Review by Throwback
After the awful effort that was X-Men Origins: Wolverine, I honestly never expected another Wolverine movie. We’d see him in more X-Men stuff, but you can only subject a character to so much abuse before you permanently damage the brand. Origins had enough abuse to crush any future aspirations. Apparently, there was still enough in the tank for a sequel. This is what we have with The Wolverine (PG-13).
The Wolverine’s plot takes place after the events of X-Men: The Last Stand. Logan has essentially isolated himself from human contact until he is brought to Japan to meet a colleague from decades ago who is now dying. Logan is offered the chance to grow old and die. The temptation to end his loneliness and suffering is tempting, but he declines and instead finds himself reluctantly stripped of his healing powers and embroiled in a yakuza plot to assassinate his colleague’s granddaughter.
The character of Wolverine has a lot going for him. He has a unique power set and back story. He’s got depth and complexity. He has a very broad appeal. If you’re going to be making a super-hero movie, you could certainly do a whole lot worse than this guy. However, you have to take advantage of all the positives because Wolverine the character isn’t Wolverine the film franchise.
Wolverine the franchise has some major problems, though. I already mentioned Origins, which wasn’t very good. X-Men: The Last Stand was just execrable tripe, and The Wolverine is a direct sequel to it. This leaves it with a certain amount of baggage. While I can appreciate the efforts to tackle The Last Stand’s aftermath head-on, there was a bit too much. A couple of side references would have been plenty.
That being said, the first ¾ of the film provided an almost profound meditation on the meaning of life and death and what provides meaning to either. I’m not a big James Mangold fan, but as director, he milked the material beautifully for this part of the story and did so without being boring. This was a big accomplishment because it’s far too easy for any director, in an effort to make source material like Wolverine “meaningful,” to drown the audience in cheese or navel-gazing. This is conspicuously absent in The Wolverine. The character stands on his own and is developed accordingly.
Casting was a weak point. Not Hugh Jackman, of course. He IS Wolverine now (other than being about a foot taller than the comic book version). Tao Okamoto (as Mariko Yashida) and Rila Fukushima (as Yukio) are the only other prominent characters. They are not horrible, but they don’t bring anything special to the table. Okamoto, especially, seems incapable of changing facial expressions. Then there’s Svetlana Khodchenkova as the Viper. She is as plastic as they come. Her lack of prominence in the first 75% of the movie is a big reason it didn’t stink. As her significance in the plot grows, the quality of the film declines proportionately.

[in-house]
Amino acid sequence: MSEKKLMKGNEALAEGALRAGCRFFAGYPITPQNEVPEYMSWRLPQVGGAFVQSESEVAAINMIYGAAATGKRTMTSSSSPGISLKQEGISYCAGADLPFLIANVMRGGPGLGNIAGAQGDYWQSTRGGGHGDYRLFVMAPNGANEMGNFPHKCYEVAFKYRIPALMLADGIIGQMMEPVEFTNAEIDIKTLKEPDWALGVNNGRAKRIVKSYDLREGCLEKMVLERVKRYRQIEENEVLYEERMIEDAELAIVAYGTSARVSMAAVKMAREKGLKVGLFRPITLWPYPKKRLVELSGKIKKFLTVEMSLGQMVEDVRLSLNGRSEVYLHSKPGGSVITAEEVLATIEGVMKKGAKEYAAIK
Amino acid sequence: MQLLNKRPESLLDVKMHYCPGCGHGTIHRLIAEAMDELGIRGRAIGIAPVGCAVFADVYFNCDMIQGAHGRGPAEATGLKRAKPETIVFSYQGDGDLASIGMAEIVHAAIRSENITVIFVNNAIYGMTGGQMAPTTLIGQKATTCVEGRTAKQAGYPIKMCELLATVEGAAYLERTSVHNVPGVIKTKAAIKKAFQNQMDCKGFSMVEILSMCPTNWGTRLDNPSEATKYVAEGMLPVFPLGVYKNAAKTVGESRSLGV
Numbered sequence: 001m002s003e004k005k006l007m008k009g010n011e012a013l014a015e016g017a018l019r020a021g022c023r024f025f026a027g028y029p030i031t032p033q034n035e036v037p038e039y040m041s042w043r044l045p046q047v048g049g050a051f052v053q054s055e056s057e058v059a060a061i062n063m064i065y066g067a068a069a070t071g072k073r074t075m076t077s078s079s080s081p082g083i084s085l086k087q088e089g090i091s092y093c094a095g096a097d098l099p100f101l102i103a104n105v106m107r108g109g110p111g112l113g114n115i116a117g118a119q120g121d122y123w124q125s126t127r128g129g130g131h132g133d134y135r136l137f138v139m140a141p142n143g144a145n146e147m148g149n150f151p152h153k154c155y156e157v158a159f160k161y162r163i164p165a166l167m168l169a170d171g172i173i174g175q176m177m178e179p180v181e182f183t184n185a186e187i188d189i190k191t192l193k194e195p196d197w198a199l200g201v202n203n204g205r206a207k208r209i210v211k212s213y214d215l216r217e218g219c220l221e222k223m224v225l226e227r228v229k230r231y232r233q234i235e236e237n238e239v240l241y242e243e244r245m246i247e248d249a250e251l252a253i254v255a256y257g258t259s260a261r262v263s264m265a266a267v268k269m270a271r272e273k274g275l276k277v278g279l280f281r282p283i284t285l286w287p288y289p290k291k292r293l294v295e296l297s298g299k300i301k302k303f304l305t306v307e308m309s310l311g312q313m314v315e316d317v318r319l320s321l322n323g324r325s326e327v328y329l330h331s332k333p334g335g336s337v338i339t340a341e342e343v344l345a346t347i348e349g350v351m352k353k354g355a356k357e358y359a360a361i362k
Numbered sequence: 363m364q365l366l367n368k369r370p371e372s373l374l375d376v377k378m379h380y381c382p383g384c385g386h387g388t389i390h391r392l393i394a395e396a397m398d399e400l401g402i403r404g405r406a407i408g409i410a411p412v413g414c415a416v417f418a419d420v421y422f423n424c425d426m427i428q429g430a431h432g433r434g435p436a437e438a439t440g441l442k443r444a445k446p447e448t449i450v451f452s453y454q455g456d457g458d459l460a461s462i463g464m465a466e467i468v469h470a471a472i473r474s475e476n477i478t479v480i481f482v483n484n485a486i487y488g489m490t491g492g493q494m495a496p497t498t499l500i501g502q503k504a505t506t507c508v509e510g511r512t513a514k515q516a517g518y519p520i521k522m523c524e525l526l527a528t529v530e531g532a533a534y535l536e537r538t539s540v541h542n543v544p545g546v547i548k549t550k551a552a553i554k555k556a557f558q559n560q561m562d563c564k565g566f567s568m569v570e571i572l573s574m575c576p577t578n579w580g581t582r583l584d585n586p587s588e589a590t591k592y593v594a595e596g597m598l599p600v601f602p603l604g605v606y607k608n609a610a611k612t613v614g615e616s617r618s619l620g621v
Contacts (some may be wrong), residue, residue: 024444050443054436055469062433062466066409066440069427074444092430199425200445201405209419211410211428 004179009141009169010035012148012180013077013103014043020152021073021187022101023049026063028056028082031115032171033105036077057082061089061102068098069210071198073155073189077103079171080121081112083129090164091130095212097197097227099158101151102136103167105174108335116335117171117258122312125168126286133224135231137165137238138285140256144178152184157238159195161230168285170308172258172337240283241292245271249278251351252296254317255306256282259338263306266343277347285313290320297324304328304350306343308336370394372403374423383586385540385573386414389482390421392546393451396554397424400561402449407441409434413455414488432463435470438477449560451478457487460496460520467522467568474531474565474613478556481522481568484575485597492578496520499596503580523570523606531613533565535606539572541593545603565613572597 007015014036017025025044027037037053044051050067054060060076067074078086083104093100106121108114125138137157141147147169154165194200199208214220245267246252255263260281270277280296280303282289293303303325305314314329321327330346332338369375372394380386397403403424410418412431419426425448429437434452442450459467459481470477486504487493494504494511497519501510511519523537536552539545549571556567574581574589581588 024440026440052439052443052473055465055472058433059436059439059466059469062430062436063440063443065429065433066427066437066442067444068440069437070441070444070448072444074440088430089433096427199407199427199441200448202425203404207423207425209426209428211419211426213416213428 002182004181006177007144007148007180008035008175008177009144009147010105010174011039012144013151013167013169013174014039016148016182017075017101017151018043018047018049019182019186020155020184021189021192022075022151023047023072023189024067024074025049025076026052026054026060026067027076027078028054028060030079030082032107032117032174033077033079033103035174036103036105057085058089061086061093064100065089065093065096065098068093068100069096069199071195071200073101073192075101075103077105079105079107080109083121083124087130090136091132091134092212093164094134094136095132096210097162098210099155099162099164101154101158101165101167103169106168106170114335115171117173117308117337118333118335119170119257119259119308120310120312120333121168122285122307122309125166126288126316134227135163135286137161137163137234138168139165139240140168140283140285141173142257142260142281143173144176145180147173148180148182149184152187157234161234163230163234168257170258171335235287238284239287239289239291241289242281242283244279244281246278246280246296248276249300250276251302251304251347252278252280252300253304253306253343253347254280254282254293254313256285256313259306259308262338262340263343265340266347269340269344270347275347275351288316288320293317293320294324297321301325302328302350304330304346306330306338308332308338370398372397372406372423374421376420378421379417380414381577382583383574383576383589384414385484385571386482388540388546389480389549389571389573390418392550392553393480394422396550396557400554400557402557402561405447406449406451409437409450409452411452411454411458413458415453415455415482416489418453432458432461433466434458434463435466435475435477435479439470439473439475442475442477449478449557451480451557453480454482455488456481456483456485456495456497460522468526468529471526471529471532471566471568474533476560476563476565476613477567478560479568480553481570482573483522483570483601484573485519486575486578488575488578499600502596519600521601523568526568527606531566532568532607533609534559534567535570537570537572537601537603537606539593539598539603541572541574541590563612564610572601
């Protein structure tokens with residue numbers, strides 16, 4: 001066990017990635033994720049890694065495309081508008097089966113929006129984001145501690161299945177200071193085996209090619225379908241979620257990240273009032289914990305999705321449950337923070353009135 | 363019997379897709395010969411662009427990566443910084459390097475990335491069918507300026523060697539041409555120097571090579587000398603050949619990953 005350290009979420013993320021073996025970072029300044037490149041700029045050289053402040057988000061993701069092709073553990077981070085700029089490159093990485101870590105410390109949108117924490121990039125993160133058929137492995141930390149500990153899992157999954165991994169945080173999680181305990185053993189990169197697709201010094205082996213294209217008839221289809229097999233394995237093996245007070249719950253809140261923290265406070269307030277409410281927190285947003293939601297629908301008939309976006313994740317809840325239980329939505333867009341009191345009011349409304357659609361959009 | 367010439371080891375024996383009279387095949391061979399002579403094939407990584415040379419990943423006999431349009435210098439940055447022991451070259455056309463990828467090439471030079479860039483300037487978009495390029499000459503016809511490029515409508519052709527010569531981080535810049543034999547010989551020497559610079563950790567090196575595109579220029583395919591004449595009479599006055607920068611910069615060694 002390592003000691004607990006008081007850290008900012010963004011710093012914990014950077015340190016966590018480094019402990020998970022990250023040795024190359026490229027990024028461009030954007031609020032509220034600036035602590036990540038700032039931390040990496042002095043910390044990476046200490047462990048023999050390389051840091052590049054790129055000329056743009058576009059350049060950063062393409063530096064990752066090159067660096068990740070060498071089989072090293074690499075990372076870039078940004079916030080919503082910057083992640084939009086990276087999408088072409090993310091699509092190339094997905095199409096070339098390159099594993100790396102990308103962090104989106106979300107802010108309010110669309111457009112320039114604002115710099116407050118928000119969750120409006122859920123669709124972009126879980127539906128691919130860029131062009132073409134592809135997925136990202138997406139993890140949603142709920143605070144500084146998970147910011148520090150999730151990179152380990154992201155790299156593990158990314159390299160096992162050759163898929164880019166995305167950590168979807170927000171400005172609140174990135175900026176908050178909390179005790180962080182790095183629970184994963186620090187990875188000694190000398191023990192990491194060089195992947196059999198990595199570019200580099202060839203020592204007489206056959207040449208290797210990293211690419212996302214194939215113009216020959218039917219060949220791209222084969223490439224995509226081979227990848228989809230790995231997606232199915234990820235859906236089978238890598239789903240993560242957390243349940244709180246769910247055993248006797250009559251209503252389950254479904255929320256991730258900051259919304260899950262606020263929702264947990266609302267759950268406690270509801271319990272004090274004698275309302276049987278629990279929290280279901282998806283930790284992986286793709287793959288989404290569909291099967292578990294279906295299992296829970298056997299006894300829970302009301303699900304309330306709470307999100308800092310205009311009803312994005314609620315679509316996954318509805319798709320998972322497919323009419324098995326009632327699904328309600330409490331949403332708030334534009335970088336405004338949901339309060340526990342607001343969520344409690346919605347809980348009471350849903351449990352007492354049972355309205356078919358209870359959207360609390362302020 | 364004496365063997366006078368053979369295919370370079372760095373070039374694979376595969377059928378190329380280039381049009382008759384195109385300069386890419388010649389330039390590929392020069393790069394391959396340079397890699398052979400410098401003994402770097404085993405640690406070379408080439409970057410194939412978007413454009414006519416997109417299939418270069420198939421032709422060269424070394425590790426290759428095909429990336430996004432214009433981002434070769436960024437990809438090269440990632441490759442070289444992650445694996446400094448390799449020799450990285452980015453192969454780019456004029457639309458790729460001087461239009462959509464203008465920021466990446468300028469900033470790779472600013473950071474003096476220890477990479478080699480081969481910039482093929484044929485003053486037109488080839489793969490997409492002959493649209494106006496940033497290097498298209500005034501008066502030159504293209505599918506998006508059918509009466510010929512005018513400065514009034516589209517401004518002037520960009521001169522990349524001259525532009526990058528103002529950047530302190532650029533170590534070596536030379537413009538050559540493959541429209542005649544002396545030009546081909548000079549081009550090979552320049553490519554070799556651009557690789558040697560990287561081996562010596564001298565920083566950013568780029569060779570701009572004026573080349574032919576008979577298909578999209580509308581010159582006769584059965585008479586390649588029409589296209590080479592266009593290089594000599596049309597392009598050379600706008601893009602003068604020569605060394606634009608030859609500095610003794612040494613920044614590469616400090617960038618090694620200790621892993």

Notice above when I praised that first 75% of running time. I single it out for kudos because the last quarter stinks. I mean really, really stinks. All the profundity and depth is drained away in a horrible mess. Viper suddenly becomes a major part of the show. There are some ninjas. That's right. Ninjas. Stuff blows up. None of it really makes a lot of sense, but it offers a lot of fighting. It’s as if Mangold, instead of looking to make the material “meaningful” with sappy sentimentality, decided that people only go see comic book movies to see things blowed up real good. After all, who needs plot and coherence when you’ve got ninjas?
There are some very good lessons for Catholics in the pre-collapse elements of the film. We know what the meaning of life is: to know, love, and serve God in this life so that we can be happy with Him in the next life. How would we illustrate that to the unbeliever, though? What would the practical effects of immortality be? The Wolverine begins with the concept that immortality is only a curse because death gives life value. It closes with a rejection of the claim that only immortality can make life worthwhile. Between these poles, the Catholic can point to the absurdity of trying to find value in life based only on self-referential criteria. One must look beyond the self for an answer to the question.
Content-wise, I went in concerned about what the level of violence might be. It was surprisingly bloodless. Logan might slash into some people, but it tends to be from a vantage point where there isn’t a lot of gore. As usual, to garner the coveted PG-13 rating, there is a gratuitous f-bomb. Thankfully, there was no blasphemy. While there is no graphic sex, there is a scene with some scantily clad women (prostitutes) fawning over a man in his underwear and another scene with a man and woman in bed together. Nothing explicit happens, and they are both brief.
In conclusion, the whole thing was oddly disappointing. After liking the first part so much only to see it crash and burn with such extreme prejudice, “disappointment” is probably an understatement. Expectations going in – low. Opinions after 100 minutes – riding high. Final result- shocked at how quickly it went bad. Maybe a matinee at best (yet still light years ahead of Origins or Last Stand).
Oh, and there is an awesome post-credit scene.